Increasingly, and interestingly, organisations across the globe are adopting cloud services to replace old and traditional business processes. The year 2017 is expected to witness a great cloud migration and by 2020 it is expected that most working processes (92%) will take place in the cloud. Lawyers have every reason to join this migration. Compared to using software traditionally – accessed via applications that reside on your computer – cloud services prove to be superior in every respect. By using software in the cloud, you’ll enjoy greater mobility (everywhere/real-time access), greater scalability and cost-effectiveness. What’s more, your software is always bang up to date – so no more upgrades or falling behind on versions of software you are using. This is because the software sits in the cloud and you access it from wherever you are, on any device, at a significantly lower cost than buying it outright. And… no more shelves full of dusty boxes containing outdated CDs! That’s why more and more lawyers are switching to the cloud. In 2015, the American Bar estimated that 1 out of 3 lawyers were using the cloud in their practice. This percentage is set to more than double in 2017. In an interview by Above the Law, Steven Ayr boasted of having a paperless law firm, saying: “For a firm like ours that’s growing quickly, [working in the cloud] is scalable and takes out a lot of our management costs since we don’t have to worry about having an in-house IT department.”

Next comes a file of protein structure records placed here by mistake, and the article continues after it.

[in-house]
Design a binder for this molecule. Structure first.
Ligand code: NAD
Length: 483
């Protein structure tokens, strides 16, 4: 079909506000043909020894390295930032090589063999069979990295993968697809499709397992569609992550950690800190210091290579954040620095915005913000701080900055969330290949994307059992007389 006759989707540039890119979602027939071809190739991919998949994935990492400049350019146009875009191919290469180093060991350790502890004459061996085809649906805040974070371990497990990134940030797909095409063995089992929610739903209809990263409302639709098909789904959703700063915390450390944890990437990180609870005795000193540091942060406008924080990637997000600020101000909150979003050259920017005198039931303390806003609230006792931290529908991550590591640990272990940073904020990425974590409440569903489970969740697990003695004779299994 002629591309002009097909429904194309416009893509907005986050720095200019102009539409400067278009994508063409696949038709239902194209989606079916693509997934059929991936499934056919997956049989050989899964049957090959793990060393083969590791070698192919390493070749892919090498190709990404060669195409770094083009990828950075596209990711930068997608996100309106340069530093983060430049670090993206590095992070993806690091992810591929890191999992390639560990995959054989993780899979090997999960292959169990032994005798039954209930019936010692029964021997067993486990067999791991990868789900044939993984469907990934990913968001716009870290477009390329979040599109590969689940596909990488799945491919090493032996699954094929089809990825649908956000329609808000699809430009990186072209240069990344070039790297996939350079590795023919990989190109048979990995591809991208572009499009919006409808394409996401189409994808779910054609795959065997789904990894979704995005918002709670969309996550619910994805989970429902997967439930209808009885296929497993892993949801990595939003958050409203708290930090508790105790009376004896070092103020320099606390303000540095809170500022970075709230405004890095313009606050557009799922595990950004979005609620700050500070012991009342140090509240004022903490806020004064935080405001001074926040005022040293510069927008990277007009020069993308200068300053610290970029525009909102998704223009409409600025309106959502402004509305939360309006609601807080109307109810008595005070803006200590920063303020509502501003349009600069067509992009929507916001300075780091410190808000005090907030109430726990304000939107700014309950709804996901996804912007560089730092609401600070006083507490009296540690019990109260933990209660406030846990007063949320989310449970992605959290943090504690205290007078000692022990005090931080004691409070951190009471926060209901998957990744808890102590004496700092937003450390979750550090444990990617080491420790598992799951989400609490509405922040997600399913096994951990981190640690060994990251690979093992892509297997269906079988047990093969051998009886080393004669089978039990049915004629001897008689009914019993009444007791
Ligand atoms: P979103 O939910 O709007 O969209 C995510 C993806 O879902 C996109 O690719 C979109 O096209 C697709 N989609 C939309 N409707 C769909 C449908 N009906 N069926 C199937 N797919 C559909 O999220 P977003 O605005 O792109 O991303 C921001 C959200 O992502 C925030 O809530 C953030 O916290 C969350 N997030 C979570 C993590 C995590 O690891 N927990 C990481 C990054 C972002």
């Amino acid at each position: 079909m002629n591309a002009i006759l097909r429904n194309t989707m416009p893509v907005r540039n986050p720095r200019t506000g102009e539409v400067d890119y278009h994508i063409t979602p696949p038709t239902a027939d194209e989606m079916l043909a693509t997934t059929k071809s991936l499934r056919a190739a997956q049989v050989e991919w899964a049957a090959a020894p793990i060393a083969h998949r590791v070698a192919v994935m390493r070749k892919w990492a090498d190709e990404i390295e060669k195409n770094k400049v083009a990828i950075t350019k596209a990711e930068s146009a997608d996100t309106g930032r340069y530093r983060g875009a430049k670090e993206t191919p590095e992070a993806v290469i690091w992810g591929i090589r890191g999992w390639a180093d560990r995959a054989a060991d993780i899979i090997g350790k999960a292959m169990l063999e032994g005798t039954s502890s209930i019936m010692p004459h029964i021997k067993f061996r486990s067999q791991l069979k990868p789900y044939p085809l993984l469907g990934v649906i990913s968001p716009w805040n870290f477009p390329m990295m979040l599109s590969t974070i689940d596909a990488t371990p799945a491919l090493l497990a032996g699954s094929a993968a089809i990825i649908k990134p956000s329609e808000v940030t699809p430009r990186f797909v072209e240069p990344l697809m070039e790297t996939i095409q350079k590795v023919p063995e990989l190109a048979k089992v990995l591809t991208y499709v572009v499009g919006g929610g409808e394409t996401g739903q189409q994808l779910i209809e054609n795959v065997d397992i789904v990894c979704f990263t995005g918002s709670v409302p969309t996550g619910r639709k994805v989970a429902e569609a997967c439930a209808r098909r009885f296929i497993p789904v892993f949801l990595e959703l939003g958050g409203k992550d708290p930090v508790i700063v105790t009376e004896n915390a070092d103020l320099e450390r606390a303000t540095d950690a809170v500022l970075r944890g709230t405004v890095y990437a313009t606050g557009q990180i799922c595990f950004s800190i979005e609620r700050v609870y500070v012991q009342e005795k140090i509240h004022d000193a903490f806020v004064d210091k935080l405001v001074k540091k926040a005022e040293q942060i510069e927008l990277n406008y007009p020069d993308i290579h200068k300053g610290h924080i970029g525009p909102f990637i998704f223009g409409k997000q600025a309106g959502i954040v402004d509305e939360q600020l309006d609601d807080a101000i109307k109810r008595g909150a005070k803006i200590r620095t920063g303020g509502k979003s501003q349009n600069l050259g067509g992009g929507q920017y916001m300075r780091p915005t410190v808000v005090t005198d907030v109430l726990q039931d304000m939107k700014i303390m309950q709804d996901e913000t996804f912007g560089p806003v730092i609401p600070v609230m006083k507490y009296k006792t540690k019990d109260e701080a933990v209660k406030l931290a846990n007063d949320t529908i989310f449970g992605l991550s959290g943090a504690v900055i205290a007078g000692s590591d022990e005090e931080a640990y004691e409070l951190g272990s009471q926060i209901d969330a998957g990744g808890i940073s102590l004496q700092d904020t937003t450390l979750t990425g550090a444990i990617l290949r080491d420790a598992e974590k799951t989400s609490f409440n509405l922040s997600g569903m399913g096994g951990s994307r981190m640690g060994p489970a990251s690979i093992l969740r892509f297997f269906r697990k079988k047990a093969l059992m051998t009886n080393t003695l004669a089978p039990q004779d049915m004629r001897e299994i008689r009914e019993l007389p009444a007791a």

Posts Tagged ‘Cloud Services’
In the recent survey from Cloud Industry Forum, roughly 8 out of 10 UK enterprises are using cloud services and 6 of them are thinking about migrating 100% of their operations to the cloud. This trend is no different from the experiences of accounting firms and accountants that leverage the use of cloud services. If you are unsure about what working in the cloud means – it really is a conceptual thing. The cloud represents a virtual storage, that is, storage that can be accessed from anywhere and doesn’t physically sit on your computer or company’s server. Thinking of it as being ‘in the cloud’ helps people to understand that it is ‘out there somewhere’!